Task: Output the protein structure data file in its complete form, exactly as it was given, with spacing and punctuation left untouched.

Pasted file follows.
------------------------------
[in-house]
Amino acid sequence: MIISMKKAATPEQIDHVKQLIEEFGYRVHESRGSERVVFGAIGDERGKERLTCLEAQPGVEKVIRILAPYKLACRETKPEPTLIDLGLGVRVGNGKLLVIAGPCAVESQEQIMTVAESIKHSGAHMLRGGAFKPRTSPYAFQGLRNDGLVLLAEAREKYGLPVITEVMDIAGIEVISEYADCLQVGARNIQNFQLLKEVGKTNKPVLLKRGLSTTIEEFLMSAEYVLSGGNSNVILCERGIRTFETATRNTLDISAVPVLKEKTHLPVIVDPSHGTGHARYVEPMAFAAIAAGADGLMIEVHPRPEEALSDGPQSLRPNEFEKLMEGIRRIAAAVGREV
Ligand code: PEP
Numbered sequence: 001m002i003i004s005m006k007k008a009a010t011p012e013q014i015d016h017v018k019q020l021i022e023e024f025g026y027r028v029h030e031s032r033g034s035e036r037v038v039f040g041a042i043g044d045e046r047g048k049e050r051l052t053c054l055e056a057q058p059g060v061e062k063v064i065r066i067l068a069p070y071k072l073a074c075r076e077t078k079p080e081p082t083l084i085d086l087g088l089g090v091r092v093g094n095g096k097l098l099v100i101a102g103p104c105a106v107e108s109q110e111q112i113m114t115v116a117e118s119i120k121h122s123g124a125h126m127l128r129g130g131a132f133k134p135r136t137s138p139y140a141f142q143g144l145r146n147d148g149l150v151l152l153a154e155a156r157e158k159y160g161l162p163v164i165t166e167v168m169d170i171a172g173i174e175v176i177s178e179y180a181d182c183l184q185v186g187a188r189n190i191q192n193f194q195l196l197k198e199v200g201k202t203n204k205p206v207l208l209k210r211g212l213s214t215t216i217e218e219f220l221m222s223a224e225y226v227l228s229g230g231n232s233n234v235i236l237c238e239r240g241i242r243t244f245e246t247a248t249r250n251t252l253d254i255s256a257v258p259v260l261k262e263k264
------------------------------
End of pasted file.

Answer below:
[in-house]
Amino acid sequence: MIISMKKAATPEQIDHVKQLIEEFGYRVHESRGSERVVFGAIGDERGKERLTCLEAQPGVEKVIRILAPYKLACRETKPEPTLIDLGLGVRVGNGKLLVIAGPCAVESQEQIMTVAESIKHSGAHMLRGGAFKPRTSPYAFQGLRNDGLVLLAEAREKYGLPVITEVMDIAGIEVISEYADCLQVGARNIQNFQLLKEVGKTNKPVLLKRGLSTTIEEFLMSAEYVLSGGNSNVILCERGIRTFETATRNTLDISAVPVLKEKTHLPVIVDPSHGTGHARYVEPMAFAAIAAGADGLMIEVHPRPEEALSDGPQSLRPNEFEKLMEGIRRIAAAVGREV
Ligand code: PEP
Numbered sequence: 001m002i003i004s005m006k007k008a009a010t011p012e013q014i015d016h017v018k019q020l021i022e023e024f025g026y027r028v029h030e031s032r033g034s035e036r037v038v039f040g041a042i043g044d045e046r047g048k049e050r051l052t053c054l055e056a057q058p059g060v061e062k063v064i065r066i067l068a069p070y071k072l073a074c075r076e077t078k079p080e081p082t083l084i085d086l087g088l089g090v091r092v093g094n095g096k097l098l099v100i101a102g103p104c105a106v107e108s109q110e111q112i113m114t115v116a117e118s119i120k121h122s123g124a125h126m127l128r129g130g131a132f133k134p135r136t137s138p139y140a141f142q143g144l145r146n147d148g149l150v151l152l153a154e155a156r157e158k159y160g161l162p163v164i165t166e167v168m169d170i171a172g173i174e175v176i177s178e179y180a181d182c183l184q185v186g187a188r189n190i191q192n193f194q195l196l197k198e199v200g201k202t203n204k205p206v207l208l209k210r211g212l213s214t215t216i217e218e219f220l221m222s223a224e225y226v227l228s229g230g231n232s233n234v235i236l237c238e239r240g241i242r243t244f245e246t247a248t249r250n251t252l253d254i255s256a257v258p259v260l261k262e263k264